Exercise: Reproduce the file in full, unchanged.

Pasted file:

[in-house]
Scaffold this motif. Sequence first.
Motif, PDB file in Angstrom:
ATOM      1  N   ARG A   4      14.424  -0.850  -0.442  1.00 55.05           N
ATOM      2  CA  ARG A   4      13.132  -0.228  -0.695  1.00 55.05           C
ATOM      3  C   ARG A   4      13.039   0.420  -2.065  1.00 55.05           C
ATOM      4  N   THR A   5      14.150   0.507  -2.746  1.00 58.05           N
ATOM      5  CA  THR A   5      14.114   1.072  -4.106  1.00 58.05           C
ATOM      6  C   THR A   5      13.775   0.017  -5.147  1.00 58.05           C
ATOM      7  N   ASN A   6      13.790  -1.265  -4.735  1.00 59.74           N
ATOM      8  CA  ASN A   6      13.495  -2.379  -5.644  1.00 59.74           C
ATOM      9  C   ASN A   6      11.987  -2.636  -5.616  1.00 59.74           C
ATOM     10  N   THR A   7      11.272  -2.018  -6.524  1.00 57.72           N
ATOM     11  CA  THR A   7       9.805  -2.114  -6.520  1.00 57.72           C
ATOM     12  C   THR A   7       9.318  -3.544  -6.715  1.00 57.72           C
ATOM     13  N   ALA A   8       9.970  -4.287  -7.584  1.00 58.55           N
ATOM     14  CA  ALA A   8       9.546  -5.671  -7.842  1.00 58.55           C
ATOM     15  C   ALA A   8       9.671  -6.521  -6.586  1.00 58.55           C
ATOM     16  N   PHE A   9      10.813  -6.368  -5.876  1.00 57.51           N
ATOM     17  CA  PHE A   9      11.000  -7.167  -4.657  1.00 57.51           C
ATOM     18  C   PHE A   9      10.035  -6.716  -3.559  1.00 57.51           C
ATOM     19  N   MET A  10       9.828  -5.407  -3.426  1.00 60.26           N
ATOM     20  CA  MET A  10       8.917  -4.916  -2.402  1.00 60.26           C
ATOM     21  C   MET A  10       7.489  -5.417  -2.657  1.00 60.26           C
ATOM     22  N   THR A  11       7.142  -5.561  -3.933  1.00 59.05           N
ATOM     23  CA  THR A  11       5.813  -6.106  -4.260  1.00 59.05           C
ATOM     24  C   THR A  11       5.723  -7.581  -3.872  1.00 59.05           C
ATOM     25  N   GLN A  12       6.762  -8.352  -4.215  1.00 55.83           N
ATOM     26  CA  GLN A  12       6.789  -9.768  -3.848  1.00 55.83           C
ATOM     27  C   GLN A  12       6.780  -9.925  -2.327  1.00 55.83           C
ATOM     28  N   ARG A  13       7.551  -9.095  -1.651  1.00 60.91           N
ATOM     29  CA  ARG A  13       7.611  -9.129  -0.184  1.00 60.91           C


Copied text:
[in-house]
Scaffold this motif. Sequence first.
Motif, PDB file in Angstrom:
ATOM      1  N   ARG A   4      14.424  -0.850  -0.442  1.00 55.05           N
ATOM      2  CA  ARG A   4      13.132  -0.228  -0.695  1.00 55.05           C
ATOM      3  C   ARG A   4      13.039   0.420  -2.065  1.00 55.05           C
ATOM      4  N   THR A   5      14.150   0.507  -2.746  1.00 58.05           N
ATOM      5  CA  THR A   5      14.114   1.072  -4.106  1.00 58.05           C
ATOM      6  C   THR A   5      13.775   0.017  -5.147  1.00 58.05           C
ATOM      7  N   ASN A   6      13.790  -1.265  -4.735  1.00 59.74           N
ATOM      8  CA  ASN A   6      13.495  -2.379  -5.644  1.00 59.74           C
ATOM      9  C   ASN A   6      11.987  -2.636  -5.616  1.00 59.74           C
ATOM     10  N   THR A   7      11.272  -2.018  -6.524  1.00 57.72           N
ATOM     11  CA  THR A   7       9.805  -2.114  -6.520  1.00 57.72           C
ATOM     12  C   THR A   7       9.318  -3.544  -6.715  1.00 57.72           C
ATOM     13  N   ALA A   8       9.970  -4.287  -7.584  1.00 58.55           N
ATOM     14  CA  ALA A   8       9.546  -5.671  -7.842  1.00 58.55           C
ATOM     15  C   ALA A   8       9.671  -6.521  -6.586  1.00 58.55           C
ATOM     16  N   PHE A   9      10.813  -6.368  -5.876  1.00 57.51           N
ATOM     17  CA  PHE A   9      11.000  -7.167  -4.657  1.00 57.51           C
ATOM     18  C   PHE A   9      10.035  -6.716  -3.559  1.00 57.51           C
ATOM     19  N   MET A  10       9.828  -5.407  -3.426  1.00 60.26           N
ATOM     20  CA  MET A  10       8.917  -4.916  -2.402  1.00 60.26           C
ATOM     21  C   MET A  10       7.489  -5.417  -2.657  1.00 60.26           C
ATOM     22  N   THR A  11       7.142  -5.561  -3.933  1.00 59.05           N
ATOM     23  CA  THR A  11       5.813  -6.106  -4.260  1.00 59.05           C
ATOM     24  C   THR A  11       5.723  -7.581  -3.872  1.00 59.05           C
ATOM     25  N   GLN A  12       6.762  -8.352  -4.215  1.00 55.83           N
ATOM     26  CA  GLN A  12       6.789  -9.768  -3.848  1.00 55.83           C
ATOM     27  C   GLN A  12       6.780  -9.925  -2.327  1.00 55.83           C
ATOM     28  N   ARG A  13       7.551  -9.095  -1.651  1.00 60.91           N
ATOM     29  CA  ARG A  13       7.611  -9.129  -0.184  1.00 60.91           C